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Hi WAMMYTAP, Welcome to pigeon talk,well I have never been a fan of cooked foods for pigeons. The first thing cooking destorys many of the ingredients,enymes,amino acids,vitamins.Your bird should get about an ounce to an ounce and a half a day and you should be sure to see that the bird gets grit and oyster shell at least every other day.I feed my birds (100+) a mix of grain and pellets at the rate of 12grain to 1 pellets.I am sure that there will be those that will feed their birds different then I do and they will be posting soon. GEORGE;)
Hi, and thanks to everybody! I know that cooking takes a lot out of food, that's why I supplement my cockatiel's diet with fresh raw fruits and veggies as well as germinated (sprouted) seeds and legumes. I have heard about grit--oyster shell? Is that for calcium, like cuttlebone? Could/should I offer cuttlebone? And how about probiotics? I've used Bene-Bac gel when nursing small animals, and I've considered 'Missing Link' products which is a supplement of antioxidants, probiotics, and Omega-3 and -6 fatty acids.

I guess pellets would be the best way to go--after all, people with more knowledge than me developed them specifically for columbids. Cooked food as a treat?
 

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Yes oyster shell is for calcium. The problem with cuttlebone is that pigeons cannot break off pieces of it to eat like hookbill birds can. The easiest thing to do would be to get a good pigeon feed. With treats lige peanuts, spinach safflaur, carrots and such that should be very good for them. Plus there ary a lot of vitamins that you can get from sites like foys or jedds.
 

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Hi, and thanks to everybody! I know that cooking takes a lot out of food, that's why I supplement my cockatiel's diet with fresh raw fruits and veggies as well as germinated (sprouted) seeds and legumes. I have heard about grit--oyster shell? Is that for calcium, like cuttlebone? Could/should I offer cuttlebone? And how about probiotics? I've used Bene-Bac gel when nursing small animals, and I've considered 'Missing Link' products which is a supplement of antioxidants, probiotics, and Omega-3 and -6 fatty acids.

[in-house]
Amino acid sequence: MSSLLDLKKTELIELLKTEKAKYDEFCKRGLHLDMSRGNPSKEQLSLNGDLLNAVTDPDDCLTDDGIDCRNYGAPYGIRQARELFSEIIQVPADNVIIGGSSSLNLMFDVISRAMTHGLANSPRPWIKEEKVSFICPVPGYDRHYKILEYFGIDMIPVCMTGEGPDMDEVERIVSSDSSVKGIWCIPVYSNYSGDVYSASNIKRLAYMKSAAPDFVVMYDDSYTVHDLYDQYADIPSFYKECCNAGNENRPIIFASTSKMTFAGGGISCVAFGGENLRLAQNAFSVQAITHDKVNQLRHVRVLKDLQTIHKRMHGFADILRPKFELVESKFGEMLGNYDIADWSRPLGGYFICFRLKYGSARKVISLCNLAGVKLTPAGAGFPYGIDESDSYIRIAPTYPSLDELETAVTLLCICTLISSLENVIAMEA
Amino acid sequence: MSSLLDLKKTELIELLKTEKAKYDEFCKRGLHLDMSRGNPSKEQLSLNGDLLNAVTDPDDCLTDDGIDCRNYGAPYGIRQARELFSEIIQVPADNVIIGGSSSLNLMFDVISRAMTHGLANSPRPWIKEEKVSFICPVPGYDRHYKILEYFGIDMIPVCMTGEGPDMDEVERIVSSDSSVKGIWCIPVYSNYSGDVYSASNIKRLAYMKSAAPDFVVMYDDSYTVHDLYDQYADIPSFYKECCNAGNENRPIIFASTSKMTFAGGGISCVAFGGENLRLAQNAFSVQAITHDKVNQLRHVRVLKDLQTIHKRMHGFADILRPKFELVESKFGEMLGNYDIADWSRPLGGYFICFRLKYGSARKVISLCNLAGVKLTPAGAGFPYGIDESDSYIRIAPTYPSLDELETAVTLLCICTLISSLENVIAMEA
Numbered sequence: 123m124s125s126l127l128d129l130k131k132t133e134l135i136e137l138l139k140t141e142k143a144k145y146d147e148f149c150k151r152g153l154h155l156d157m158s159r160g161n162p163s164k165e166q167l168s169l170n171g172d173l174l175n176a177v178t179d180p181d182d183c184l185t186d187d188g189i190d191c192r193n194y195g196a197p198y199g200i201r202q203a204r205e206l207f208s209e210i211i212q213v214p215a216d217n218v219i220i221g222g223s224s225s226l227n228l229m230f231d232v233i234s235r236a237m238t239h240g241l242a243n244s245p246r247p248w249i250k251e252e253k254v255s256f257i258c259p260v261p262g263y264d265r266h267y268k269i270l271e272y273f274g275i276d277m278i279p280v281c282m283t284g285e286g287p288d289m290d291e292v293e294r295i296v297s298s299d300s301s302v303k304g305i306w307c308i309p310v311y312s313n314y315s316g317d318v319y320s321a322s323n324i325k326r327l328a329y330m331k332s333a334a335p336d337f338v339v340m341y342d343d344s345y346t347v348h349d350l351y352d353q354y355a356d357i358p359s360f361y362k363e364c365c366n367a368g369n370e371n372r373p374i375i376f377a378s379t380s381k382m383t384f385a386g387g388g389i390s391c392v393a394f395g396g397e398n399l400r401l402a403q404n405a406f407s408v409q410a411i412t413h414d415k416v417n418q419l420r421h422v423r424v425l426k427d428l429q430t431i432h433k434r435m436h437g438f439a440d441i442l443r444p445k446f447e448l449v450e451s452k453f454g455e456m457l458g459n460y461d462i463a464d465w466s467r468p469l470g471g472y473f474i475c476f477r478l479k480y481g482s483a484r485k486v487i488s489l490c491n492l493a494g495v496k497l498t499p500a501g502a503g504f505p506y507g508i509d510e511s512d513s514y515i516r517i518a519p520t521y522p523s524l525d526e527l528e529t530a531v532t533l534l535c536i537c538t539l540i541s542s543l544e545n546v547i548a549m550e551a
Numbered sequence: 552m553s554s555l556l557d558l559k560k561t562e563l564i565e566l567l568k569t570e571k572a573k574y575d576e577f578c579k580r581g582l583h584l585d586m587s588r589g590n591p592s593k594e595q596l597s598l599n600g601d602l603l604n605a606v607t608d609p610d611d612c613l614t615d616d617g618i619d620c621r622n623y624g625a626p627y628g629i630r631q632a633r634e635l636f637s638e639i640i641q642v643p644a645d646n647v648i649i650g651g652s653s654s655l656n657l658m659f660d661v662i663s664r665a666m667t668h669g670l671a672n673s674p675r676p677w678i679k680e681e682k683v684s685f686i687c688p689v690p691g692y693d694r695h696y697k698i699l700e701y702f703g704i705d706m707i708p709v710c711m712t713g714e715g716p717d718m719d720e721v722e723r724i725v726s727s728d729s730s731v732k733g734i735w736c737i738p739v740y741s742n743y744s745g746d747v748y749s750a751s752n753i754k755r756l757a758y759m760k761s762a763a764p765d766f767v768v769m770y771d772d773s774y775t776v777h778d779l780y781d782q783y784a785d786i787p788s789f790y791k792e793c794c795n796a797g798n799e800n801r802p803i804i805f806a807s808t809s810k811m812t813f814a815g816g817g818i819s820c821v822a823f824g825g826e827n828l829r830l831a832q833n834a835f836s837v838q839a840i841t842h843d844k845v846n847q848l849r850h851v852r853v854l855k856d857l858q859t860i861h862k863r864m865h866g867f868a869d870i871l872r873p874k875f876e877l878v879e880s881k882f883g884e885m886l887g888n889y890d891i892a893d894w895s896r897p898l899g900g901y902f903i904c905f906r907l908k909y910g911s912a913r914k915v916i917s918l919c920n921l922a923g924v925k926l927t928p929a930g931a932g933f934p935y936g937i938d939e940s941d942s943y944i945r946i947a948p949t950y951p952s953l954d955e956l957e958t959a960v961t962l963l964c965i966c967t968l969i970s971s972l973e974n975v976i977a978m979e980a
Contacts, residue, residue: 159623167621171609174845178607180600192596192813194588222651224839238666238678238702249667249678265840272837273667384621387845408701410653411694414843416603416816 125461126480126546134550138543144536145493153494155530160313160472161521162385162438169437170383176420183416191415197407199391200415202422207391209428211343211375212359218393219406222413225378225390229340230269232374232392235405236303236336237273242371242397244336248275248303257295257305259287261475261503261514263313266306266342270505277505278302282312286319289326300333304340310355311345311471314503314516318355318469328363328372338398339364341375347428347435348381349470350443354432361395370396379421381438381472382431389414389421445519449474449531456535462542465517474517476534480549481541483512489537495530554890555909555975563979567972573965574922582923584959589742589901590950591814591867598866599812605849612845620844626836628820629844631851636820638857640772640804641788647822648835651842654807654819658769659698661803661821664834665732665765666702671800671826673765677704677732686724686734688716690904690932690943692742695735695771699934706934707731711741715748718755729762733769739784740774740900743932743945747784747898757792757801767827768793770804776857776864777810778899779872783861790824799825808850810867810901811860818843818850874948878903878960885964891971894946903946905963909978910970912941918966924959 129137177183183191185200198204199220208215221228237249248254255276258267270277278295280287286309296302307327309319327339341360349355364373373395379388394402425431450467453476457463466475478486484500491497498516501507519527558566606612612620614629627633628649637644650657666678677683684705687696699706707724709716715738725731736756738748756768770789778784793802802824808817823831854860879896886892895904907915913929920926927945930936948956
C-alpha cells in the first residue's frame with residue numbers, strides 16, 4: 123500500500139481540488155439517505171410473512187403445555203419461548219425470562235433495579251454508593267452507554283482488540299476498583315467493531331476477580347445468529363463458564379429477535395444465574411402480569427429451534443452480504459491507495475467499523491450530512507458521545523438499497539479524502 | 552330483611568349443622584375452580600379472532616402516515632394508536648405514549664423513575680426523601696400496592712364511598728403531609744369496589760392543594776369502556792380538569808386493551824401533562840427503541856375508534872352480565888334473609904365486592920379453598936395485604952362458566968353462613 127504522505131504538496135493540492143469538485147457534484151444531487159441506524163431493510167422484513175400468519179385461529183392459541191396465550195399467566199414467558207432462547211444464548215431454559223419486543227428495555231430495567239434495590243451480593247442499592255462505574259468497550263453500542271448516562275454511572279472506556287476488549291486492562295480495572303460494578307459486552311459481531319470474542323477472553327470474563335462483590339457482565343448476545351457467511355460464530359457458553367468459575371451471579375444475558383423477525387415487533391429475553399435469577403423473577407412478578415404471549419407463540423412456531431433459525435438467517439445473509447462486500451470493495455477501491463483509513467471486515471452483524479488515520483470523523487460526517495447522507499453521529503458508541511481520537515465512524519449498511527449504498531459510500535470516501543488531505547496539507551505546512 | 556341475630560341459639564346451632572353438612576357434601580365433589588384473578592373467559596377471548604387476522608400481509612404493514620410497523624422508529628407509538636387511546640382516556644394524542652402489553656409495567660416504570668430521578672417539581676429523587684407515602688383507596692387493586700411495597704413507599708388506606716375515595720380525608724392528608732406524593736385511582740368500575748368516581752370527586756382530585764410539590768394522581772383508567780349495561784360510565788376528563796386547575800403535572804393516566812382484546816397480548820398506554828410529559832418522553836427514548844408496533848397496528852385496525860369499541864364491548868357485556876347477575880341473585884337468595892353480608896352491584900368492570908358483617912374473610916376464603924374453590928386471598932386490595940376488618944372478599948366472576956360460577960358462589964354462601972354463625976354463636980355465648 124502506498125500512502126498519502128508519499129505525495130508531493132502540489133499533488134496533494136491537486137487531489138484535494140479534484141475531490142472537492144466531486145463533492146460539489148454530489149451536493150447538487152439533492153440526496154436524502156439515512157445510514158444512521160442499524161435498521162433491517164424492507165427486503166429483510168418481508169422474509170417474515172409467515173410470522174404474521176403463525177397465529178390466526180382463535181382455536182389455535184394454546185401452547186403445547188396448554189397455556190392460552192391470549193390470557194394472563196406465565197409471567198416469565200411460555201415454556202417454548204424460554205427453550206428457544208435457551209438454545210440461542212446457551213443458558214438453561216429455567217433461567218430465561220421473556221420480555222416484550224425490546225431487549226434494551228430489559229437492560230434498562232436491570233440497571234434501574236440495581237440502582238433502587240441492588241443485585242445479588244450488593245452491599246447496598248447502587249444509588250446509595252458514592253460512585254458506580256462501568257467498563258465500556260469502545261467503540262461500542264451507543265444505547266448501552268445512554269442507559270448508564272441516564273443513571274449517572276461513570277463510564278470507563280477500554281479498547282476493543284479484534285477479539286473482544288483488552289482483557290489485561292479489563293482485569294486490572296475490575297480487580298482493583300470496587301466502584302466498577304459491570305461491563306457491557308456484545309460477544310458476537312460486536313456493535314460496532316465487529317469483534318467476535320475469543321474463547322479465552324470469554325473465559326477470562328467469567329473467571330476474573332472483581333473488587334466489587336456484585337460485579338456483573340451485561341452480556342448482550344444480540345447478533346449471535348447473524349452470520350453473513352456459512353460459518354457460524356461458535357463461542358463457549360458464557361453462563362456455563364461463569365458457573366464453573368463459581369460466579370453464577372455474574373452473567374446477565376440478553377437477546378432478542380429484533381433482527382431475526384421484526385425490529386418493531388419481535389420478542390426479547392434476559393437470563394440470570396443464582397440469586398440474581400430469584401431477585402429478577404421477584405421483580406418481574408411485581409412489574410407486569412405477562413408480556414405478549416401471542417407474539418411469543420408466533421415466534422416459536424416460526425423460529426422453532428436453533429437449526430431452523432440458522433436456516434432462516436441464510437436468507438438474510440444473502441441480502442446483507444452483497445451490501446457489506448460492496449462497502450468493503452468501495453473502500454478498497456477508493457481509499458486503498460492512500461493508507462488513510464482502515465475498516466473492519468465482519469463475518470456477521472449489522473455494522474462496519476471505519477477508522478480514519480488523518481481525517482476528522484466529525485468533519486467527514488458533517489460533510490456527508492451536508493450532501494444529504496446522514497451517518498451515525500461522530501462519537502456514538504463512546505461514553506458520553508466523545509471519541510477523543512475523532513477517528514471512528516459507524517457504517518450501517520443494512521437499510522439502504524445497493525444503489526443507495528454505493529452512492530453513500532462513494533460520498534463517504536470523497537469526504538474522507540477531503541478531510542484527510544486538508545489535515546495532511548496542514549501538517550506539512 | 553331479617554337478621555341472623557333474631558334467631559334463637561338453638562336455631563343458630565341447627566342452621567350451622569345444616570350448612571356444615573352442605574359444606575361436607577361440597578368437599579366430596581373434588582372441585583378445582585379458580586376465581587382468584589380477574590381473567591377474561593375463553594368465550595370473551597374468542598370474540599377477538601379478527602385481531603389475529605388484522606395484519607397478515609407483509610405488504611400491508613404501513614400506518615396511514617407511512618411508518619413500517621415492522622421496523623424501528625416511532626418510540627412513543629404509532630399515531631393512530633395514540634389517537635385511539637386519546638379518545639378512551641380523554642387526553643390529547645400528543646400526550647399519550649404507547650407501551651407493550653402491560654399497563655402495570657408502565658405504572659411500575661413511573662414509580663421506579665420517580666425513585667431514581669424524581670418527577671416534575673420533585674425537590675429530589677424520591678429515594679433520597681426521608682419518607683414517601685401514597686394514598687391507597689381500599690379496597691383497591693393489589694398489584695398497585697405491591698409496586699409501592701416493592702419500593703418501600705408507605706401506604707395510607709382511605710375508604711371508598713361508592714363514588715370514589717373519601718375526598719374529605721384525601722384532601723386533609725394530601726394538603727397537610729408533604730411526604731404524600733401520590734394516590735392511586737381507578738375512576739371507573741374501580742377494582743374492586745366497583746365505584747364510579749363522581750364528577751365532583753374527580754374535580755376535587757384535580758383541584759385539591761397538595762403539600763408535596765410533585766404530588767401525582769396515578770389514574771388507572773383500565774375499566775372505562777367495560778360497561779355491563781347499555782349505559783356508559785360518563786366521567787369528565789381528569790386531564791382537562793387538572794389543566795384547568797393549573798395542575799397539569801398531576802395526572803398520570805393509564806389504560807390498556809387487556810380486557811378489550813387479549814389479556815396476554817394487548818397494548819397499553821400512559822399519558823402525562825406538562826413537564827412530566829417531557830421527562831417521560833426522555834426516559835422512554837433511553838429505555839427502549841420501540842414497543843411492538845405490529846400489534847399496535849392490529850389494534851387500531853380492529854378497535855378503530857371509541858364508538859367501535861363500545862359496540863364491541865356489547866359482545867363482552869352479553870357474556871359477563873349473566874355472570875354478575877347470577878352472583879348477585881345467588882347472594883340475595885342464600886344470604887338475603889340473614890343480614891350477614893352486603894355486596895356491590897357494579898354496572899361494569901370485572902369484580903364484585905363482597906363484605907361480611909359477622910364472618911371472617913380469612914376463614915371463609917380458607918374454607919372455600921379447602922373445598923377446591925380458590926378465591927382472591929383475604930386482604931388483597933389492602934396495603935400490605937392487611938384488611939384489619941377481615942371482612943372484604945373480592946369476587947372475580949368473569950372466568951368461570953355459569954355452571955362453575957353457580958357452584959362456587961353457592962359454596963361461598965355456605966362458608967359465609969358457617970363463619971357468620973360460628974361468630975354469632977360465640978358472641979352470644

I guess pellets would be the best way to go--after all, people with more knowledge than me developed them specifically for columbids. Cooked food as a treat?
Pellets would be a good idea, with the cooked food as a treat :)
Just make sure the pellets aren't there 24/7. If the bird has an all you can eat buffet, pellets can make fat birds. Feeding what it can eat, twice a day, should do the trick :)

As for the grit, there a few different kind of grits. Personally, I prefer red grit, which contains crushed granite, crushed oyster shell, and charcoal bits. The granite helps with digestion but nothing else, the oyster shell provides lots of calcium but isn't the best for grinding food since it's easily broken down, and the charcoal is like a detox'er. If anything else, the oyster shell is the most important. Cuttlebone can also be given, but you'll need to crush it up, since pigeons aren't equipt with those monster jaws and sharp beaks :p
If you can find some typical crushed granite (usually sold at farm stores as chicken or chick grit. chick grit will probably be an easier to eat size for pigeons), you can mix that with the oyster shell or cuttlebone bits.

Probiotics are great for birds. When I have them, I give them to the birds at least once a week.